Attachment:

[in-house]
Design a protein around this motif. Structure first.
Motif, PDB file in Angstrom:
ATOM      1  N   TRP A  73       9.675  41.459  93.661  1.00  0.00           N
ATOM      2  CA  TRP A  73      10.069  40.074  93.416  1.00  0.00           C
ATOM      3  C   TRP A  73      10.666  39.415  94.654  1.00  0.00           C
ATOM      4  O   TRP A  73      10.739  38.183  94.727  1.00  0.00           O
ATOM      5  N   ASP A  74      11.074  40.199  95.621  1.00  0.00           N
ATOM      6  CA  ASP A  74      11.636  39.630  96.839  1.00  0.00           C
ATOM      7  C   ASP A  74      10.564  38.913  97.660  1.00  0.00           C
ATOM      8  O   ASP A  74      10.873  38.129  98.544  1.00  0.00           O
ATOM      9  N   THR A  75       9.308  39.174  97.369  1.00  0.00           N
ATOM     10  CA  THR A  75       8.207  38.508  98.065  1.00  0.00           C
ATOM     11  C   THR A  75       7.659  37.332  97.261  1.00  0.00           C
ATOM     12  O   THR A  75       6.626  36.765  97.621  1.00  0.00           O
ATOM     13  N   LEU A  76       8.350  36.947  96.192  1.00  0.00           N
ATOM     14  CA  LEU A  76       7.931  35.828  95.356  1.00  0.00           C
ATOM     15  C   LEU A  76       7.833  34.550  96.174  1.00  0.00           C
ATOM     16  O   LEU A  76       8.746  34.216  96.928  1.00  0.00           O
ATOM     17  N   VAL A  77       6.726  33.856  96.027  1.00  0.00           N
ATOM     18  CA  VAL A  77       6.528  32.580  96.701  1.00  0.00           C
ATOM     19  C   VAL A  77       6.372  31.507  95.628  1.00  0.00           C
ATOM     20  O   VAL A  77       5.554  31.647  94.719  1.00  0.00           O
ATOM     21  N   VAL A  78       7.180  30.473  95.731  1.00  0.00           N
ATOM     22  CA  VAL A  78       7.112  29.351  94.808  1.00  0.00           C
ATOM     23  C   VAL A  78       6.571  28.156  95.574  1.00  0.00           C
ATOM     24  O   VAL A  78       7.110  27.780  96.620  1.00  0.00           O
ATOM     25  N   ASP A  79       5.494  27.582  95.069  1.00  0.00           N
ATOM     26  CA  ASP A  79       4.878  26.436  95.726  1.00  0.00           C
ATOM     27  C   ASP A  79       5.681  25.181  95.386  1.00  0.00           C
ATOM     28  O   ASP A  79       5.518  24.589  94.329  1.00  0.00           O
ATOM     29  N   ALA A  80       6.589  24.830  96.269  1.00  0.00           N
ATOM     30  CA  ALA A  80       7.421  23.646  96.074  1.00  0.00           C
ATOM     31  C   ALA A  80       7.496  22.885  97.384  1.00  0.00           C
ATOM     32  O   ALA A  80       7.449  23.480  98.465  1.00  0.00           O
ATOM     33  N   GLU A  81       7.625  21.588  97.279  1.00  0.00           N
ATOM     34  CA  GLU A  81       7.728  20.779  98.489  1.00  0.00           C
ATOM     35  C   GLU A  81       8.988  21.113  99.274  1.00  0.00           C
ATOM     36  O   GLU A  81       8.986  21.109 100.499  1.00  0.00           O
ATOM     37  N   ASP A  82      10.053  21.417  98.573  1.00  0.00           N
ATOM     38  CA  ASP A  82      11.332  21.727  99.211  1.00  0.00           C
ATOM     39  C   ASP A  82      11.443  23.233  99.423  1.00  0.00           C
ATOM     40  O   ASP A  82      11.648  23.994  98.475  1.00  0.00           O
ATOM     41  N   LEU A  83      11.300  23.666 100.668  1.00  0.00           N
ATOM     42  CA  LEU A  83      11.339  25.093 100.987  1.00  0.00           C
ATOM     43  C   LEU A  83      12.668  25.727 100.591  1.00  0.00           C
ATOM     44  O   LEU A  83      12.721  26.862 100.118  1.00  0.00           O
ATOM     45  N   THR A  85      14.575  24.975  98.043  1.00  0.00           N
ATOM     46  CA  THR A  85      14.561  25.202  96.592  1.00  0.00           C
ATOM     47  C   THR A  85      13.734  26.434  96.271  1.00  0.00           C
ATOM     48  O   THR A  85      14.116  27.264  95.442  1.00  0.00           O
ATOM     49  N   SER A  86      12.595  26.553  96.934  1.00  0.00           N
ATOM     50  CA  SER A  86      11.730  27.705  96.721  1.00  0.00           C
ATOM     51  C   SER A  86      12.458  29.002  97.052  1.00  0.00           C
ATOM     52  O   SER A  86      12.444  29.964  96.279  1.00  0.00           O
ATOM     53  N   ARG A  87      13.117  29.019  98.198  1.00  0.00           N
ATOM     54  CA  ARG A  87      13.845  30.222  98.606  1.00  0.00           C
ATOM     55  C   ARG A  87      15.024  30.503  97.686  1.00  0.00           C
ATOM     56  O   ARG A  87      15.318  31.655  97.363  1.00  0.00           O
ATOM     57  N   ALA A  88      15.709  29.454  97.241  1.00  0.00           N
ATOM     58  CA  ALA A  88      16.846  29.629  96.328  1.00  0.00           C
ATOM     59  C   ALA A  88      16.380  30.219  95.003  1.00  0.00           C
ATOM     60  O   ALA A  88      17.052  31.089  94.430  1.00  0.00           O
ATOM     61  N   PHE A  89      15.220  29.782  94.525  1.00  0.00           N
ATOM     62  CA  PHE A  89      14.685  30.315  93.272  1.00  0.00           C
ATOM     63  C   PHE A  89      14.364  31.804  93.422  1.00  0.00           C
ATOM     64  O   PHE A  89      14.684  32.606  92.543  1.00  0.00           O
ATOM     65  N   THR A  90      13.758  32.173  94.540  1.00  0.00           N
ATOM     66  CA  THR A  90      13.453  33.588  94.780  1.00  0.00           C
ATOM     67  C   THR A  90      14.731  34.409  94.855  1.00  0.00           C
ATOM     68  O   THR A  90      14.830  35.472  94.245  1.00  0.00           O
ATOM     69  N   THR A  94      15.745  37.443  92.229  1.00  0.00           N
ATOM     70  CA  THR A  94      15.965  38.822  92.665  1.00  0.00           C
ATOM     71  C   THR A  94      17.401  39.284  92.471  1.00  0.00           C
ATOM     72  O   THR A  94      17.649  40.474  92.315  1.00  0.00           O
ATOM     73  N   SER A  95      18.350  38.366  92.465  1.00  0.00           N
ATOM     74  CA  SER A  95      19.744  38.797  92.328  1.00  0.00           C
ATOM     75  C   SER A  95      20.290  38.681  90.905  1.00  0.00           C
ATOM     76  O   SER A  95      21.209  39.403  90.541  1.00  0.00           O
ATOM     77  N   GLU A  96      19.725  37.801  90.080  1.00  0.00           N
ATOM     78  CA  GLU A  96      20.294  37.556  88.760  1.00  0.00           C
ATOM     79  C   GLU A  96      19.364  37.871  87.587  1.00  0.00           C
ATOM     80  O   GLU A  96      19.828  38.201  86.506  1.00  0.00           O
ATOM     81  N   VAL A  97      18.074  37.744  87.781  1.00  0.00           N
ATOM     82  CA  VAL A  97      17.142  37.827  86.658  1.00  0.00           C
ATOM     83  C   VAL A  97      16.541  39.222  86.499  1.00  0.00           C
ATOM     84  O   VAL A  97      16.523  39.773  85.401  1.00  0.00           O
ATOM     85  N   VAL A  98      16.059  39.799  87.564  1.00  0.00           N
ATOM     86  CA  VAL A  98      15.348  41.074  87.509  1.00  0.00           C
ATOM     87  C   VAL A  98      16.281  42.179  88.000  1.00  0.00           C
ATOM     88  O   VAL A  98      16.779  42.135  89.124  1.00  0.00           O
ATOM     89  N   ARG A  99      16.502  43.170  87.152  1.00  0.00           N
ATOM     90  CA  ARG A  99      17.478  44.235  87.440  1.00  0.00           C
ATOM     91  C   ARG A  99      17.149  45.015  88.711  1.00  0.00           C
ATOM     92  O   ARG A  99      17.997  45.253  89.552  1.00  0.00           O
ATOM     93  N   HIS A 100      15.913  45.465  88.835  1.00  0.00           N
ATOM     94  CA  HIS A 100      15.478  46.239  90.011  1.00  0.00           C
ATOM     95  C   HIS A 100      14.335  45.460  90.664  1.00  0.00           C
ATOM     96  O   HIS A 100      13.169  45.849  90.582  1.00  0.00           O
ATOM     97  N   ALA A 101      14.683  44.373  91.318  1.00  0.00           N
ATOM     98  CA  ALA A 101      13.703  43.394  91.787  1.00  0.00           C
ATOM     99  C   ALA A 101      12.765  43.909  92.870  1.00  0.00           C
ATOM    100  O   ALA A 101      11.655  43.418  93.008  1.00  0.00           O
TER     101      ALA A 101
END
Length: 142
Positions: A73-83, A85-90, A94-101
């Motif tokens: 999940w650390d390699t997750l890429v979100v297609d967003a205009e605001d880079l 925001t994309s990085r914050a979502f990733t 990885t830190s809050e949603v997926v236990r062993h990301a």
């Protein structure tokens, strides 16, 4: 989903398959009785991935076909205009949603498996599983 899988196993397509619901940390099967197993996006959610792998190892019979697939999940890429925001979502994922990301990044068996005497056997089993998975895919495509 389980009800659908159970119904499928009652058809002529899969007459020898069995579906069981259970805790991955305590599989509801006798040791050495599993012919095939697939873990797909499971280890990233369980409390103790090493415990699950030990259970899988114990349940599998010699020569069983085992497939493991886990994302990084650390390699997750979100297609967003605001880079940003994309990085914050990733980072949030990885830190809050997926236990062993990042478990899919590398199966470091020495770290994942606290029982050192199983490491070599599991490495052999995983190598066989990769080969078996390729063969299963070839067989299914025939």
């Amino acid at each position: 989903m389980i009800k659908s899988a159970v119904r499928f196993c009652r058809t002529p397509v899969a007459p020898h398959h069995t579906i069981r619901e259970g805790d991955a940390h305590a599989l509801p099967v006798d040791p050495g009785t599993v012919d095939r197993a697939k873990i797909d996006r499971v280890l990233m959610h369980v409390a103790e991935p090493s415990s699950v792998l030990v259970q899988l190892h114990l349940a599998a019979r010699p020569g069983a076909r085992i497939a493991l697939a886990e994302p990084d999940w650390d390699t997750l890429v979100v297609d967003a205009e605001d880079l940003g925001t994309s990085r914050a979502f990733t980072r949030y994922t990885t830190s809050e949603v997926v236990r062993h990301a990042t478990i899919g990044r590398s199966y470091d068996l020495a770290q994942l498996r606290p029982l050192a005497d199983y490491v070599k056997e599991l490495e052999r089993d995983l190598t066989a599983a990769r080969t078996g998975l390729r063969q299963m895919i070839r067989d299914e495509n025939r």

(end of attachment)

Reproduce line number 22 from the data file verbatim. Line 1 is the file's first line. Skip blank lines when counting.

ATOM     19  C   VAL A  77       6.372  31.507  95.628  1.00  0.00           C